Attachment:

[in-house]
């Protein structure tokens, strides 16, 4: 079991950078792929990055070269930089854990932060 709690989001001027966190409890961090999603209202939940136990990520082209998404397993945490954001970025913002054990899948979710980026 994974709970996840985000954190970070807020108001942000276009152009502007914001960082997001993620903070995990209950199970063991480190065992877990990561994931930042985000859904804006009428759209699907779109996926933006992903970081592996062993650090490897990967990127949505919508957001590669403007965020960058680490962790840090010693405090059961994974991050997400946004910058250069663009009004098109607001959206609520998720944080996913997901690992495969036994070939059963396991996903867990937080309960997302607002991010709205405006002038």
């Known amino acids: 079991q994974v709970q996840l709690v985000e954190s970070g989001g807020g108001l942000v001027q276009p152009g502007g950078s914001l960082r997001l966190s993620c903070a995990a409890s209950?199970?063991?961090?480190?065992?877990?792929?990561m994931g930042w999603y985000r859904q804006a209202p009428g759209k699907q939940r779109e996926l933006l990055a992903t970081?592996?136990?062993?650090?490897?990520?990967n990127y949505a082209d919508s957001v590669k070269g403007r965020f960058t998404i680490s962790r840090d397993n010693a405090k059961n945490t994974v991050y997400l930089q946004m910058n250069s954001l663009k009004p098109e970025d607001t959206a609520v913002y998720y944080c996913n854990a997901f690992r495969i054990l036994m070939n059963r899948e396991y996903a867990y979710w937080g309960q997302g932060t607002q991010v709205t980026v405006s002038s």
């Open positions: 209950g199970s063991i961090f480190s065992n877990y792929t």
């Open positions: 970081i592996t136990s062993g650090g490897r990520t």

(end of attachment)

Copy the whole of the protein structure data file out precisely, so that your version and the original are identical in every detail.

[in-house]
């Protein structure tokens, strides 16, 4: 079991950078792929990055070269930089854990932060 709690989001001027966190409890961090999603209202939940136990990520082209998404397993945490954001970025913002054990899948979710980026 994974709970996840985000954190970070807020108001942000276009152009502007914001960082997001993620903070995990209950199970063991480190065992877990990561994931930042985000859904804006009428759209699907779109996926933006992903970081592996062993650090490897990967990127949505919508957001590669403007965020960058680490962790840090010693405090059961994974991050997400946004910058250069663009009004098109607001959206609520998720944080996913997901690992495969036994070939059963396991996903867990937080309960997302607002991010709205405006002038």
């Known amino acids: 079991q994974v709970q996840l709690v985000e954190s970070g989001g807020g108001l942000v001027q276009p152009g502007g950078s914001l960082r997001l966190s993620c903070a995990a409890s209950?199970?063991?961090?480190?065992?877990?792929?990561m994931g930042w999603y985000r859904q804006a209202p009428g759209k699907q939940r779109e996926l933006l990055a992903t970081?592996?136990?062993?650090?490897?990520?990967n990127y949505a082209d919508s957001v590669k070269g403007r965020f960058t998404i680490s962790r840090d397993n010693a405090k059961n945490t994974v991050y997400l930089q946004m910058n250069s954001l663009k009004p098109e970025d607001t959206a609520v913002y998720y944080c996913n854990a997901f690992r495969i054990l036994m070939n059963r899948e396991y996903a867990y979710w937080g309960q997302g932060t607002q991010v709205t980026v405006s002038s």
């Open positions: 209950g199970s063991i961090f480190s065992n877990y792929t």
């Open positions: 970081i592996t136990s062993g650090g490897r990520t």